Every year on the first Thursday in May, World Password Day rolls around and brings a timely reminder to reassess what we think we know about password security.
Created in 2013 by cybersecurity professionals, World Password Day aims to raise awareness around the importance of the password and its role in keeping our information safe and secure online. Today, passwords are the stalwart gatekeepers to our digital lives, enabling us to shop, bank, work, socialise – and even date – safely online every day.
But the thing about passwords is they’re only as secure as we make them. We’ve seen a rise in the volume and frequency of cyber attacks, but despite this, people still fail to heed advice, putting their security at risk. As many as 88% of people reuse passwords across multiple sites, and almost a quarter (23%) have been using the same password for a decade.
Other guilty parties use variations of easily-guessed passwords like ‘password123,’ loathed by IT administrators everywhere. It’s no better when we try to put a personalised spin on our passwords, with more than half (52%) of people using easily-identifiable information such as pet names, song lyrics and names of loved ones.
These are the five commandments of password security to ensure your data remains under digital lock and key:
Thou shalt use strong and unique passwords
The cardinal rule of password security is to use strong and unique passwords. These should be at least 14 characters, use upper and lowercase letters, numbers, special characters and words unrelated to your personal information.
The next step is to use a passphrase rather than a password. This means using multiple, unconnected words or phrases. Constructing your password in this way can add decades onto any hacker’s attempt to bruteforce your password, more so than using a shorter password and replacing the letters with characters, for example, ‘p@55w0rd.’
Thou shalt not reuse the same password across multiple sites
Reusing the same password across multiple sites increases the likelihood of your information being breached exponentially. When you do this and just one of those sites’ databases is exposed, you’re vulnerable to credential stuffing attacks, where hackers attempt to use your leaked credentials across other sites.
Some password managers identify the accounts you’re using the same passwords for, and you can use resources like haveibeenpwned.com to check whether your information has been compromised.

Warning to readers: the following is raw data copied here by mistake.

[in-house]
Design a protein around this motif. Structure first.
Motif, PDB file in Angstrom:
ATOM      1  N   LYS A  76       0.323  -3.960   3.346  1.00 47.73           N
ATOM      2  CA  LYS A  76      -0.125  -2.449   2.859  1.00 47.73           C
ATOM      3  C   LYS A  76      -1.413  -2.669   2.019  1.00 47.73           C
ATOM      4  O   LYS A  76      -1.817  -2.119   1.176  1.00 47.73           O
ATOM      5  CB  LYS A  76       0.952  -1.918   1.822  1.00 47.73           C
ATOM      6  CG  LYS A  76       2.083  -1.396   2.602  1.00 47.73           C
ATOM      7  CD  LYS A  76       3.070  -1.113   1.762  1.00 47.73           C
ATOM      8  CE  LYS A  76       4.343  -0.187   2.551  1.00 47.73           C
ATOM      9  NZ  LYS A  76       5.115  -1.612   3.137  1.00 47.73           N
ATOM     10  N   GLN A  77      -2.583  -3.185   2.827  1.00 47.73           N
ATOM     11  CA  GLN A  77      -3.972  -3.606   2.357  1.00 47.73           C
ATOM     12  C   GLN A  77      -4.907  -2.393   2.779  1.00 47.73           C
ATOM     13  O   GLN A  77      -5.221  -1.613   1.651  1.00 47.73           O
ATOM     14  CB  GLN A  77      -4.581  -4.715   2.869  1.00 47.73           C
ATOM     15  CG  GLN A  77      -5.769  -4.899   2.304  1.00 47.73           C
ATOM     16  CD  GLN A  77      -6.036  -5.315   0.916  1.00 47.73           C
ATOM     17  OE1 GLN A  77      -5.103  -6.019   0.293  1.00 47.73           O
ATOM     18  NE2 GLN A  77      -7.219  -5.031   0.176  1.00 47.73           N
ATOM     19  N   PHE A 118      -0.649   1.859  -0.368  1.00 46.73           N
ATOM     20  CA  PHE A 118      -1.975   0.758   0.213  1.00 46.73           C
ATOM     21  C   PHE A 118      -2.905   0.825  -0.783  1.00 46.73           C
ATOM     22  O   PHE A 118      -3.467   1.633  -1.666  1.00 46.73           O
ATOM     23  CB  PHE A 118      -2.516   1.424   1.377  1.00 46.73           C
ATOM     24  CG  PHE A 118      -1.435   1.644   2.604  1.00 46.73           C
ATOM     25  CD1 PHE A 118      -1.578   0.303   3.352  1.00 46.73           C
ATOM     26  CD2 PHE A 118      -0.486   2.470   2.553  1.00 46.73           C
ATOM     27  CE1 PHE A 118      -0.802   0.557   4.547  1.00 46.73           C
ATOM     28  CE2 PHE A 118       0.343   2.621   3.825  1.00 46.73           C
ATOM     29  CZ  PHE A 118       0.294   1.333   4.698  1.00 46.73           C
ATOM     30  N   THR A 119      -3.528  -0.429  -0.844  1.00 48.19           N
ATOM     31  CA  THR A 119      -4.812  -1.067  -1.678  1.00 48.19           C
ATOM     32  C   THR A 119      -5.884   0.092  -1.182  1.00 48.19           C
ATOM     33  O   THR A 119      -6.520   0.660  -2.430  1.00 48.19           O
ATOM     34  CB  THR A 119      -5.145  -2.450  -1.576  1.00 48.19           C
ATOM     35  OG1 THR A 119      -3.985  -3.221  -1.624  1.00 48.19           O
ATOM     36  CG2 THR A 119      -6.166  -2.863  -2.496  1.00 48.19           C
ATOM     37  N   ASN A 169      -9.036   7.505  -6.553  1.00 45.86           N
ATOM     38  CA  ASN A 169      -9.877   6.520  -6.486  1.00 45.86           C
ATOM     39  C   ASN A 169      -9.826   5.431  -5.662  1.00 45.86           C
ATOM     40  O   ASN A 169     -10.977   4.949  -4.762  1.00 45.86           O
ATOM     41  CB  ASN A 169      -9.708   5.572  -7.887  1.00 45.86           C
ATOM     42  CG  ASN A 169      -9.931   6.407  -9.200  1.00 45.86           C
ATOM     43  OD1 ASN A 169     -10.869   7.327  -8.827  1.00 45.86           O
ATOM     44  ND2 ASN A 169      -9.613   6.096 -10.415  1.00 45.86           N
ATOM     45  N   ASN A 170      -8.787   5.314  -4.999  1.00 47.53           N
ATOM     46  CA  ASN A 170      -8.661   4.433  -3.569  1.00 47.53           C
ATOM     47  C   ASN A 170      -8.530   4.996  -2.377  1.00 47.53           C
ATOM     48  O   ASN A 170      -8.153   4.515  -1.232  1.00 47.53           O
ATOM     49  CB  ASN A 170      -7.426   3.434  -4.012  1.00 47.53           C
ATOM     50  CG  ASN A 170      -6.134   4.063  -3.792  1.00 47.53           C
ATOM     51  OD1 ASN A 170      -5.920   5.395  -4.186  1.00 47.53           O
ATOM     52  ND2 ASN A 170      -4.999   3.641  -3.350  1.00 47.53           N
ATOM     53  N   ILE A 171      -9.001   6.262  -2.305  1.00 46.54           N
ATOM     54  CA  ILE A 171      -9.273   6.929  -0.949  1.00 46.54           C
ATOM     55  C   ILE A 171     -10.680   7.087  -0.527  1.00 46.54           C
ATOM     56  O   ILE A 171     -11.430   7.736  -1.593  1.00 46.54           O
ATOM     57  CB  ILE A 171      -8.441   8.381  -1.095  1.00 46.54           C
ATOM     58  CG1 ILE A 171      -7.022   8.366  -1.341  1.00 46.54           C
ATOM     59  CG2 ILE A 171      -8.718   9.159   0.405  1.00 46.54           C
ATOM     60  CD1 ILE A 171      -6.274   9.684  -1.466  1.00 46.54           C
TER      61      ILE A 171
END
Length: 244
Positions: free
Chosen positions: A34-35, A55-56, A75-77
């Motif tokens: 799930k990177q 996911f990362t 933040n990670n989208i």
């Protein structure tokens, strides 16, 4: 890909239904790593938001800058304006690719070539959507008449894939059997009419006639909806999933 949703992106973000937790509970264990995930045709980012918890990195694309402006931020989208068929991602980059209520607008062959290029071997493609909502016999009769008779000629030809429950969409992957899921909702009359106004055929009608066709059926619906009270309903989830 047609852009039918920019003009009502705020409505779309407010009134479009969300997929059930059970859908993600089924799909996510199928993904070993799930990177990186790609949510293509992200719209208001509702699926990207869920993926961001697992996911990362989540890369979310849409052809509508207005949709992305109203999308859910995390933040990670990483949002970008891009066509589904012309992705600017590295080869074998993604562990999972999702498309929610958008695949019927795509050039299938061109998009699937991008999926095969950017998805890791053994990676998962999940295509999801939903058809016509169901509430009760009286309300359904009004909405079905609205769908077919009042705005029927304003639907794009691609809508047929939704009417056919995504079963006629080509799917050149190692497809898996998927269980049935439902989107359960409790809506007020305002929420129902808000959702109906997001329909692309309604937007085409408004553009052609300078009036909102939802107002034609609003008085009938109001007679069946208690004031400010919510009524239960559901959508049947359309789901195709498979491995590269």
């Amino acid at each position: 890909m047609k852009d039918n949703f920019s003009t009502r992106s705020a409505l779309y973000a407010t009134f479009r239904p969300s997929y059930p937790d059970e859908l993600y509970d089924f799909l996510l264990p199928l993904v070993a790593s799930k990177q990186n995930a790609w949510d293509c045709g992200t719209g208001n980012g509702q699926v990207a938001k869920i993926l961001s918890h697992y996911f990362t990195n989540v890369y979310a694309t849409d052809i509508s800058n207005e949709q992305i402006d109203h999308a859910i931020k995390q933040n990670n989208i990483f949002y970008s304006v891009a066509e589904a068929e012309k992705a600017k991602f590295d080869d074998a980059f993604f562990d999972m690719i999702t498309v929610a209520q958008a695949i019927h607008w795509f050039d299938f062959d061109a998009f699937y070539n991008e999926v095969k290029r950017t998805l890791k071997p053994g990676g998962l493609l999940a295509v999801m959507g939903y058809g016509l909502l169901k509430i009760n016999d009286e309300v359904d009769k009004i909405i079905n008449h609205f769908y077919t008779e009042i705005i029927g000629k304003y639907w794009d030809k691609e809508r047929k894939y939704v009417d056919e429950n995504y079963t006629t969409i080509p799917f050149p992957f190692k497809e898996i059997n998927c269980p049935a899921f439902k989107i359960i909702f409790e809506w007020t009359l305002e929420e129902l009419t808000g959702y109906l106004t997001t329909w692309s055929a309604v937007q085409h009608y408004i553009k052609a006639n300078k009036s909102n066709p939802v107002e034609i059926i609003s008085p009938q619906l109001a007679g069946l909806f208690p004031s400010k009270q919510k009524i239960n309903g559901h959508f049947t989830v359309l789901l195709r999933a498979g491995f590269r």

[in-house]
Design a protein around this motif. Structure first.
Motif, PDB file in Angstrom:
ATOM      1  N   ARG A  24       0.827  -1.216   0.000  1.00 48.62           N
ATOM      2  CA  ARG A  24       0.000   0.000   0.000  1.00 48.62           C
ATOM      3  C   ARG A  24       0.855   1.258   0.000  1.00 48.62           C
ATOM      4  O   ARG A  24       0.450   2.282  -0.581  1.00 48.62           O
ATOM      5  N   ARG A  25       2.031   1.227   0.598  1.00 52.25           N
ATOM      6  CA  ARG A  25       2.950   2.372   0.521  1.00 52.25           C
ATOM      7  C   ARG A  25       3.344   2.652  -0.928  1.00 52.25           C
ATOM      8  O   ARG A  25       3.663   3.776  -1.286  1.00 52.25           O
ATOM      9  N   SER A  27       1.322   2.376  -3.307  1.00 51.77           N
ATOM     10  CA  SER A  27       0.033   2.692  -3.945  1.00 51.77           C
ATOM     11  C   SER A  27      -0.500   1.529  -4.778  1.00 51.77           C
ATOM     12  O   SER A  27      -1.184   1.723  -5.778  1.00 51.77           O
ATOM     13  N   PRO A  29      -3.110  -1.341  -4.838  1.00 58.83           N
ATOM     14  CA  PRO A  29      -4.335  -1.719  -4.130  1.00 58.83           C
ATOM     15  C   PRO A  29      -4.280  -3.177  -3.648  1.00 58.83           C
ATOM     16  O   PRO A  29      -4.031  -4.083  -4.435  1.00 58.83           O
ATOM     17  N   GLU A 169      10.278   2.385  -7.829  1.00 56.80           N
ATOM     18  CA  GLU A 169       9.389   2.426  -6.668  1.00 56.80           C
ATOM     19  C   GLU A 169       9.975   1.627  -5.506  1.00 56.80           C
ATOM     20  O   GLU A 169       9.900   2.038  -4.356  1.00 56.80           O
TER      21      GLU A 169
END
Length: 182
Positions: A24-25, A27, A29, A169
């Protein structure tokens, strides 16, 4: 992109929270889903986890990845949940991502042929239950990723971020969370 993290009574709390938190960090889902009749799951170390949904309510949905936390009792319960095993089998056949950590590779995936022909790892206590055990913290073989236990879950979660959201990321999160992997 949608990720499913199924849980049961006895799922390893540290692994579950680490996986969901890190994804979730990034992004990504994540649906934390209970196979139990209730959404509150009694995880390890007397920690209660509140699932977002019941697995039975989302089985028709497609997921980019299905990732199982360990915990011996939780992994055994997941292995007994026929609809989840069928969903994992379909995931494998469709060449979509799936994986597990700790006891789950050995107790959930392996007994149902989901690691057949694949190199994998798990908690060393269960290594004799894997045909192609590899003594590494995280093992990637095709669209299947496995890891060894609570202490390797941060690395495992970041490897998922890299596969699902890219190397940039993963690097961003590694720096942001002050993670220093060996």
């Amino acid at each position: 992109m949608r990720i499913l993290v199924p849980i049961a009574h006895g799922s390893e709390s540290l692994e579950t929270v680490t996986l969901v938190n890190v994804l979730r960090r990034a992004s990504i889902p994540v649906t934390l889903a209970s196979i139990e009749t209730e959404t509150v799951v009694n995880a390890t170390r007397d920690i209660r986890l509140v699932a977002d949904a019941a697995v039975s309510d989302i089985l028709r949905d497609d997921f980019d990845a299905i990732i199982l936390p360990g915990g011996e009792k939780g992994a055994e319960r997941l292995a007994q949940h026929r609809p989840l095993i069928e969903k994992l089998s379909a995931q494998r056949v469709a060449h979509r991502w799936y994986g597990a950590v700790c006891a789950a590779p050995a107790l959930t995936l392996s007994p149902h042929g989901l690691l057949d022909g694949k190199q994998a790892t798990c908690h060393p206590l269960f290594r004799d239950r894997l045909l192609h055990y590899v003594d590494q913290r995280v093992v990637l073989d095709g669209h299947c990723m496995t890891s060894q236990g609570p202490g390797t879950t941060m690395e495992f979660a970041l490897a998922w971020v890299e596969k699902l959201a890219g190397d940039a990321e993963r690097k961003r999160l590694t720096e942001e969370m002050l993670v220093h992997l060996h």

Thou shalt enable MFA
By now, most internet users will be familiar with MFA (multifactor authentication), which requires multiple pieces of information to verify a login attempt. This involves sending a token to a designated email address, phone number or authentication app, or using a physical key.
Even if someone acquires your password, they’d be denied access to your account until the attempt is verified by one of the above options – selected by you.
Thou shalt use a password manager
Using a password manager ensures you’re hitting all these bases and more. We outlined how strong and unique passwords are the digital bread and butter of online security, but when the average person juggles 100 passwords, keeping track can be tricky, particularly if you follow guidelines and make them complex.
A password manager like Bitwarden can store credentials for more than 200 accounts, keeping information secure by encrypting it so that it can only be accessed by one master password. It can also store payment details for seamless checkouts, autofill web forms and keep personal data like passport numbers, addresses and other identity-related information private.
Some feature password strength testing tools which evaluate your password, providing insights into any weaknesses and suggestions for how to improve its security.
Thou shalt not share logins without knowing the risks
In a cost of living crisis, it’s unsurprising that 36% of people are resorting to sharing logins for paid services such as TV and music streaming. To share is to be human, but it also doubles (or more, depending on the number of users) your risk of a breach.
Sharing logins is a reality for many of us at work and at home, but we must acknowledge it comes with risk. Many services now offer sharing accounts, but for situations where you need to share one account with family, friends or a colleague, there are solutions. The best method is employing a password manager that lets you securely share credentials with another party – some do this without ever revealing the password to that person.